The founder of the Me Too movement told Unifor Convention Delegates that organized labour has been a strong force behind advancing diversity in the workplace and the role of women.
“Diversity is being invited to the dance. Inclusion is being asked to dance,” said Tarana Burke, who founded the Me Too movement long before Hollywood scandals made the #MeToo hashtag go viral.
Burke founded the movement in 2006, inspired by a young girl at a youth camp who gathered up the courage to tell her about the horrific assaults she had suffered as a child. It was a story the girl had never shared before.
“In that moment I could not muster up the courage of this child,” Burke said.
“These nightmares, this triggering, this fear, this anxiety, this pain, this shame that she carrying in the pit of her stomach, I carried it the same way because it happened to me too,” she said.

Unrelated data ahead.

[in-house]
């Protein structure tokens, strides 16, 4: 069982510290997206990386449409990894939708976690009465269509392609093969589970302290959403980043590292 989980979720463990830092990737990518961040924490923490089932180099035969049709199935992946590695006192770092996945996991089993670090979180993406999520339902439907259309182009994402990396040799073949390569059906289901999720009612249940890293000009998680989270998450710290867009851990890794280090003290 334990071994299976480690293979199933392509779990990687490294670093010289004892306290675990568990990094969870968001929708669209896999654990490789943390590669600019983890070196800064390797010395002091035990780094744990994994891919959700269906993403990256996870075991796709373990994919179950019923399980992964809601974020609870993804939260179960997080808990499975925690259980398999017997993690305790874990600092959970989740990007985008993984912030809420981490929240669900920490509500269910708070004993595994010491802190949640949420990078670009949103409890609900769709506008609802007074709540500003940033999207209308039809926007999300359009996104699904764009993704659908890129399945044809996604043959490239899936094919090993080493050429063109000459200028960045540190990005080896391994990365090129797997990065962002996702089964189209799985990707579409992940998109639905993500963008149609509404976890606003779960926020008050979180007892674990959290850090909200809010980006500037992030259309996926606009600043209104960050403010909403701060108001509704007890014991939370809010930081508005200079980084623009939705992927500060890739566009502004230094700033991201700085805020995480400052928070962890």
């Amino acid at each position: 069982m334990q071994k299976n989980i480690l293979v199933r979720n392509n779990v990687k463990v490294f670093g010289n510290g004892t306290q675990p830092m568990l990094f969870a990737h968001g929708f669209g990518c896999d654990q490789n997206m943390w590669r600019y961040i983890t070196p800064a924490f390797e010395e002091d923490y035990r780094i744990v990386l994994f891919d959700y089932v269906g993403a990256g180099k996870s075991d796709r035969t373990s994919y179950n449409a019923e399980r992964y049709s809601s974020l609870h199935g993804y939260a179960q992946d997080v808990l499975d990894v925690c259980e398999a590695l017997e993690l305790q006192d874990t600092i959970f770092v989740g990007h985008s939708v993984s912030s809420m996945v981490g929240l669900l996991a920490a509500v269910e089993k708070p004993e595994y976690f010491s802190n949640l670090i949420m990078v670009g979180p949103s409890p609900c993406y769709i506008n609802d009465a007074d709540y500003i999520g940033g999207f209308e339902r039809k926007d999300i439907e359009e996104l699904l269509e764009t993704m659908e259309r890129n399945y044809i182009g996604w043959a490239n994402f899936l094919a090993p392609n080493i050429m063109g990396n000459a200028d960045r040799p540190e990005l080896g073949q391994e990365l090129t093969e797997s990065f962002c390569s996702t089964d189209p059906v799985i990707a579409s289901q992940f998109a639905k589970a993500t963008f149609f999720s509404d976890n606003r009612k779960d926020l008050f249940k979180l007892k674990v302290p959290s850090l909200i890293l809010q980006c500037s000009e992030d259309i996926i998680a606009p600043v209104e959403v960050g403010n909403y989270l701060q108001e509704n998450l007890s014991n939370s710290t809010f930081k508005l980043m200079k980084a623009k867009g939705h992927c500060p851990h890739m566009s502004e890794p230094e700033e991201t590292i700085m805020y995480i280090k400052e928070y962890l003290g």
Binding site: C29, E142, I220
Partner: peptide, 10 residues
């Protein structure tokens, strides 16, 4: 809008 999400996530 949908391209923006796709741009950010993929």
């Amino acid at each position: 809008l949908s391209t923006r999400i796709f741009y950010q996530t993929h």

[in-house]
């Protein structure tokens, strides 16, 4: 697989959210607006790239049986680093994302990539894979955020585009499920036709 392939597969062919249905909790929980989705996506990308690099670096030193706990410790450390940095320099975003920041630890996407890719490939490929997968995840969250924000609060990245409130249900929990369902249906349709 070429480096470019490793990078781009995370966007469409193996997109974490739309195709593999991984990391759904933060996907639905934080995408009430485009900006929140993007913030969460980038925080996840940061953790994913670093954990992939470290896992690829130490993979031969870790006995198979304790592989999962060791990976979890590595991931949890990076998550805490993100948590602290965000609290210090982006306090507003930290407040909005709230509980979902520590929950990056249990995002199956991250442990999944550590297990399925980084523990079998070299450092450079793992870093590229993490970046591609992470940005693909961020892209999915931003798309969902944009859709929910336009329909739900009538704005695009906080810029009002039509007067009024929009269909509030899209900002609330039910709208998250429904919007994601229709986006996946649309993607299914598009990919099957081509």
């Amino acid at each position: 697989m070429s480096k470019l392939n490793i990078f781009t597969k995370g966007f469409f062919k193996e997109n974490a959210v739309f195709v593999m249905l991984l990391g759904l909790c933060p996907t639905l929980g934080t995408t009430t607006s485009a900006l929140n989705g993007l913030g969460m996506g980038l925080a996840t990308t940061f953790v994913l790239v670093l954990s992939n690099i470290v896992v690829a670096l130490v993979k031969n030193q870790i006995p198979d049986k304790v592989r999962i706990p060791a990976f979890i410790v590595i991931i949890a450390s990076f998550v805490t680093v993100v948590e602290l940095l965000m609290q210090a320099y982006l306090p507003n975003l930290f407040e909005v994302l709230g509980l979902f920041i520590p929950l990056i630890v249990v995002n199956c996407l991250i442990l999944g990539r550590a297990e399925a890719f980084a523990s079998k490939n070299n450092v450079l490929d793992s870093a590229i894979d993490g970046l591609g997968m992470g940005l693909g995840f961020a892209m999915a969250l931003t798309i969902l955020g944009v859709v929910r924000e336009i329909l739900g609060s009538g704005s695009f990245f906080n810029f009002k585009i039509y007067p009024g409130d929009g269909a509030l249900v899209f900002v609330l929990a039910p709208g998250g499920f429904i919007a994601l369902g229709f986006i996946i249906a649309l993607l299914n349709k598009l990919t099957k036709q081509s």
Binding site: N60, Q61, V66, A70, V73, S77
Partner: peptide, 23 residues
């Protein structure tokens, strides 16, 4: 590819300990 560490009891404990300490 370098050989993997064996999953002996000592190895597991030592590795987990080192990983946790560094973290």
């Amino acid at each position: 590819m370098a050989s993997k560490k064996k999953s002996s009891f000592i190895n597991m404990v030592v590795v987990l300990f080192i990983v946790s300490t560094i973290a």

“I carry the courage of that child in my heart every day.”
Burke said Me Too grew from that experience into a worldwide network that supports survivors in their healing while working to end sexual violence.
Such work goes well beyond a hashtag, Burke said, while crediting #MeToo with exposing the epidemic of sexual violence faced by women and girls.
Burke said sexual violence is a workplace issue, pointing out that 19 per cent of working women in Canada report being sexually harassed at work, and 40 per cent have experienced some form of sexual assault since the age of 16.
“This is not about just changing policies. This is not about giving lip service.,” said Burke, whose mother was a UAW shop steward for 22 years.
“It’s about the sanctity of our humanity.”
Burke received a standing ovation before attending a meet and greet meeting with Unifor delegates.